Introduction

Sheaf theory is a subfield of topology that generalizes the notion of gluing continuous functions together and specializes in describing objects by their local data on open sets. Above all, it's a tool, usable to define connectedness, manifolds, the fundamental group, and several other concepts in algebraic topology and differential geometry.

Its history may be more interesting than the subject itself: the French topologist Jean Leray developed it in the oodles of free time he had as a prisoner of the Nazis in Edelbach, Austria. This was part of a general trend that my topology teacher described as "the Nazis' biggest blunder" — while German minds fled as the political climate changed, the imprisoned French did tons of research in prison, so that by the war's end France was the new math hotbed. "The Nazis wanted to preserve German culture, and they ended up destroying it. It's totally ridiculous."

One of the advantages of Sheaf theory is that you really don't need that much topology to study it. We define a topological space as a set X along with a set of subsets of X that we consider "open," such that any union or finite intersection of open sets is also open. (In particular, both X itself — the intersection of no sets — and the empty set — the union of no sets — are open.)

The delightful agricultural terminology is there in the French, too. I have no idea why.

Presheaves

A presheaf is a map assigning to each open set U in X a set F(U). (The "F" stands for "faisceau" — that means "sheaf"!) F(U) is just an arbitrary set, not necessarily related to the structure of X. We call its elements "sections" because of one particular example below. We do require it to restrict properly — for every open set U, and every open subset V of U, there must be a map ρV,U that carries each element of F(U) to an element of F(V), such that ρU,U is the identity map for any U, and such that, for any for any W subset of V subset of U, ρW,V ° ρV,U = ρW,U.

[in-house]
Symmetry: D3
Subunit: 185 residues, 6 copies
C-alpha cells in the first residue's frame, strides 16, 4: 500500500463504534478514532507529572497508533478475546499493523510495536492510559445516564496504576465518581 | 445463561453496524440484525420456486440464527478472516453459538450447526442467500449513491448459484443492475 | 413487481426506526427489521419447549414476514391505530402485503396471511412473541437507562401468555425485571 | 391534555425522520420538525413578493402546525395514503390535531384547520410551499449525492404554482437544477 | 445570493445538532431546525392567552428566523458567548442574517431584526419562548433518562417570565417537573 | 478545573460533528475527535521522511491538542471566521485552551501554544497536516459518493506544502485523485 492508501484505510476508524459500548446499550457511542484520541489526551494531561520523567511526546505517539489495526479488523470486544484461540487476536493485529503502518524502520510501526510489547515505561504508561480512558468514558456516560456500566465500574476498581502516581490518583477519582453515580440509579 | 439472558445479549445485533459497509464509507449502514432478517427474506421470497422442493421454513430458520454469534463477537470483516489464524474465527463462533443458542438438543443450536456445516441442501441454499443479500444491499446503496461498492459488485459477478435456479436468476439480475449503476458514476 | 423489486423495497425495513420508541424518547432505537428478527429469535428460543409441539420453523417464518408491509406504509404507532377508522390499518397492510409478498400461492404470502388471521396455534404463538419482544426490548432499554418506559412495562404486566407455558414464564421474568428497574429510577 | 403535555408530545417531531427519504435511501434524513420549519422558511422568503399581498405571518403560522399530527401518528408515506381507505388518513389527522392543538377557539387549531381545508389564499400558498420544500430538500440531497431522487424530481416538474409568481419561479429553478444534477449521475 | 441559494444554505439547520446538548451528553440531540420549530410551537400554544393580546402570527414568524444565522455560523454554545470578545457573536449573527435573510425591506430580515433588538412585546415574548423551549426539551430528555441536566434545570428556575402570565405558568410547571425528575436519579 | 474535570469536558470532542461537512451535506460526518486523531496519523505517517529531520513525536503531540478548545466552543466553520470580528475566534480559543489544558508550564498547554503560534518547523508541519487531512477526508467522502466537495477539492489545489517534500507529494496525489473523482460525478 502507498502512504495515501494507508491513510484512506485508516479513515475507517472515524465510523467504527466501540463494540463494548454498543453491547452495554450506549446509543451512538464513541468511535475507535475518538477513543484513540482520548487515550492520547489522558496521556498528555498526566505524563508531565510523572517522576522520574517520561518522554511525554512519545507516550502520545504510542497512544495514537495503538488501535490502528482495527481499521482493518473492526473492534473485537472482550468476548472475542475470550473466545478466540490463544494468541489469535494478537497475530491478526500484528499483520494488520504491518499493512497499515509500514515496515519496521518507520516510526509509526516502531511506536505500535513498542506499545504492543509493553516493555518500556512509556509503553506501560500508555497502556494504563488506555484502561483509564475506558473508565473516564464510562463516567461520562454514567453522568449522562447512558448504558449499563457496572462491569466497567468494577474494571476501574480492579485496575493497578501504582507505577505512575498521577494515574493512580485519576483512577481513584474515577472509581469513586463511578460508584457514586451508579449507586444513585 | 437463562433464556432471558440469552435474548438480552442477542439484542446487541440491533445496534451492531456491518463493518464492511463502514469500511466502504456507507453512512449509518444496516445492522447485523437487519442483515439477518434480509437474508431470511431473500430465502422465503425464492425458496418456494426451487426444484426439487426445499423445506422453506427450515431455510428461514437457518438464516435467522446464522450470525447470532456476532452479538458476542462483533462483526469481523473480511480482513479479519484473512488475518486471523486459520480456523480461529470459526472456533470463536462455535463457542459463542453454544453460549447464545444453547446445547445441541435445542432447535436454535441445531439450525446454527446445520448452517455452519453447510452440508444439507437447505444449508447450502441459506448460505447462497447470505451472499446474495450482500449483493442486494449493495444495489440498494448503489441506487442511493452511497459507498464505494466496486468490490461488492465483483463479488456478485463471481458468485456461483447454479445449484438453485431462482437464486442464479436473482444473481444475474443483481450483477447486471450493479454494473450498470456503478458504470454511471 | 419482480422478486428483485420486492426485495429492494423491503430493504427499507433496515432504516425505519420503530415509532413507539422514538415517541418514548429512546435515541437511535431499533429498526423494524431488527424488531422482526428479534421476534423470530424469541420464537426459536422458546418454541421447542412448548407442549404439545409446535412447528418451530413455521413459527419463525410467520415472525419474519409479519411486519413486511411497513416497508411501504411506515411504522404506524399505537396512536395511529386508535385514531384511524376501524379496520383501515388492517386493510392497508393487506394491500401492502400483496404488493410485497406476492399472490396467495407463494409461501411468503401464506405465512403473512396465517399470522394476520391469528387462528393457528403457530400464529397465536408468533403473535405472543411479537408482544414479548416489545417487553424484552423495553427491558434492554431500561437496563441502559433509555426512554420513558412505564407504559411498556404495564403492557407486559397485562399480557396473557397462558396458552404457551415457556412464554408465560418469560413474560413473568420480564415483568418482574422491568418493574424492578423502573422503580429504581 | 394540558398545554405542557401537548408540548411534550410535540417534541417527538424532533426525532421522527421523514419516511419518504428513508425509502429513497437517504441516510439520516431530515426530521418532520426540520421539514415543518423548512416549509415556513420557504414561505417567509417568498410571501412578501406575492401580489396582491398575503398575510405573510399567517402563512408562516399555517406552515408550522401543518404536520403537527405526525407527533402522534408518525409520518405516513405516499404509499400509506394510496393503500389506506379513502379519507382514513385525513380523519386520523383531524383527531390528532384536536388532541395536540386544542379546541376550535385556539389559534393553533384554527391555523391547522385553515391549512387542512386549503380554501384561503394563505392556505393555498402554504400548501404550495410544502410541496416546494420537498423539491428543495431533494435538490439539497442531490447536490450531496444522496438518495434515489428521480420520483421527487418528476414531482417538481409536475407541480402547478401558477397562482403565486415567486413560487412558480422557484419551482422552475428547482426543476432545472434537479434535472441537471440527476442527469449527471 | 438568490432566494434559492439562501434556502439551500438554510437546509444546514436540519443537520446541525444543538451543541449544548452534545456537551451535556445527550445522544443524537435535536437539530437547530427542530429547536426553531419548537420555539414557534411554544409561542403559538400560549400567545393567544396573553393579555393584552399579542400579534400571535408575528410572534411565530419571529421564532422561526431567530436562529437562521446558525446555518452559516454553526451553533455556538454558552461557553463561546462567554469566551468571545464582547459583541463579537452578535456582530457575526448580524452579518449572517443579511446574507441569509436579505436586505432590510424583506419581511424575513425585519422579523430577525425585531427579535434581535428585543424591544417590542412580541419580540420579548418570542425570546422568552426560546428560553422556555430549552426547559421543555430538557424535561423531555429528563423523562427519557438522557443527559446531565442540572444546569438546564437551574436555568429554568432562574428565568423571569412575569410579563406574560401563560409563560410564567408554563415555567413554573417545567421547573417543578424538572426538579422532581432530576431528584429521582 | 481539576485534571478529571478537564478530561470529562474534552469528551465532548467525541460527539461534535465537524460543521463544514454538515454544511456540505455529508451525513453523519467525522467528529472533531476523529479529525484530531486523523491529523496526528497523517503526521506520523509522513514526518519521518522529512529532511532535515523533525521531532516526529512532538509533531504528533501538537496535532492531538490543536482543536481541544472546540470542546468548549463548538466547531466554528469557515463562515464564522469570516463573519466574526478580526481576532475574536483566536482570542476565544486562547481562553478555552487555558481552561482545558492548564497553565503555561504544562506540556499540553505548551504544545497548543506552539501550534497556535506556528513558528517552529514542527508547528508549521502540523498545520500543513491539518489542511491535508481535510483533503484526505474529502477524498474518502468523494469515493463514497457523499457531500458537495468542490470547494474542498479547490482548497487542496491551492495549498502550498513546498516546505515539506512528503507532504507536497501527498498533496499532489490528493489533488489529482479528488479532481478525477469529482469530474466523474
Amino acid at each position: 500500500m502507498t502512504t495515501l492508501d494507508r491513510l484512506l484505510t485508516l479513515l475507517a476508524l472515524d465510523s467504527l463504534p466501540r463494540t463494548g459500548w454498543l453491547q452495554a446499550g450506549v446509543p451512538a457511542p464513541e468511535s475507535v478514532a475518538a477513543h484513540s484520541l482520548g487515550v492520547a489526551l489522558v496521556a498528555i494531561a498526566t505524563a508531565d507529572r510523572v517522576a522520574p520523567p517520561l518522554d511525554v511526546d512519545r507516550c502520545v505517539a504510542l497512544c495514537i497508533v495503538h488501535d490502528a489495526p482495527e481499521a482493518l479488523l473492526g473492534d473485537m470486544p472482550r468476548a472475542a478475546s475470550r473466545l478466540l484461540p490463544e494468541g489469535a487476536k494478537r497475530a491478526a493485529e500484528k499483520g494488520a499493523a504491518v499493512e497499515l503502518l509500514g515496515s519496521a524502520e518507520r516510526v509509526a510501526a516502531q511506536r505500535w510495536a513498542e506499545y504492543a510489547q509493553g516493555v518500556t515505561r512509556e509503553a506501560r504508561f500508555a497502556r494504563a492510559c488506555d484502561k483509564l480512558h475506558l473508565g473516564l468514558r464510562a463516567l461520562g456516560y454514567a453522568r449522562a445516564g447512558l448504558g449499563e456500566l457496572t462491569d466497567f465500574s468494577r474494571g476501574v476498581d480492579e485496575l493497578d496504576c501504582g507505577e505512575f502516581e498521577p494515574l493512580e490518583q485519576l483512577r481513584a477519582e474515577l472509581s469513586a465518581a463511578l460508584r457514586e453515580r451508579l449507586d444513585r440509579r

So we have a set for every open set, and we can restrict them properly. Here are a few examples.

• The constant presheaf at a set S is the presheaf FS such that for any open U, FS(U)=S. The restriction maps are the identity.
• For any spaces X and Y, the presheaf of continuous functions from X to Y. This is usually written OYX, and it returns for any U in X the set of continuous functions from U to Y. The restriction maps are simply restriction of functions.
• Similarly, if Y is a metric space (especially the reals), we can form the presheaf of bounded functions from X to Y.
• Given a projection map p from Y to X, the presheaf of sections Γ(p) or Γ(Y/X) gives, for Γ(Y/X)(U), the set of continuous functions from U to Y that are locally inverses of p. If Y is R2, X is R, and p is the expected projection, this gives graphs of continuous functions y=f(x).

If you know any category theory, you can more concisely define the category of presheaves on X with values in some category S as the category of contravariant functors from Op(X) to S.

Sheaves

Sheaves attach to the properties of presheaves the ability to paste together sections on different domains. Take an open cover of an open set U by {Va} for a in some index set A. Choose a section sa in F(Va), for each a, such that whenever Vb and Vc intersect, ρVb∩Vc,Vb(sb) =ρVb∩Vc,Vc(sc). F is a sheaf if there exists a unique s in F(U) such that ρVa,U(s)=sa for each a.

That seems like a mouthful. In essence, we want our sheaves to have a good local-to-global property. This is a generalization of the statement, sometimes known as the pasting lemma, that given continuous functions that agree on the intersections of their domains, one can define a continuous function on the union of their domains that restricts to each of the original functions. The best way to think of this property is to look at the places where it fails. The presheaf of bounded functions is a good example: one can cover R with open intervals and take a section on each interval equal to, say, the restriction of y=x. Then the sections all agree, and they are each bounded, but the obvious global extension - the function y=x on R - is not a section of the presheaf because it is not bounded (and there is no section that does work). So the presheaf of bounded functions is not a sheaf.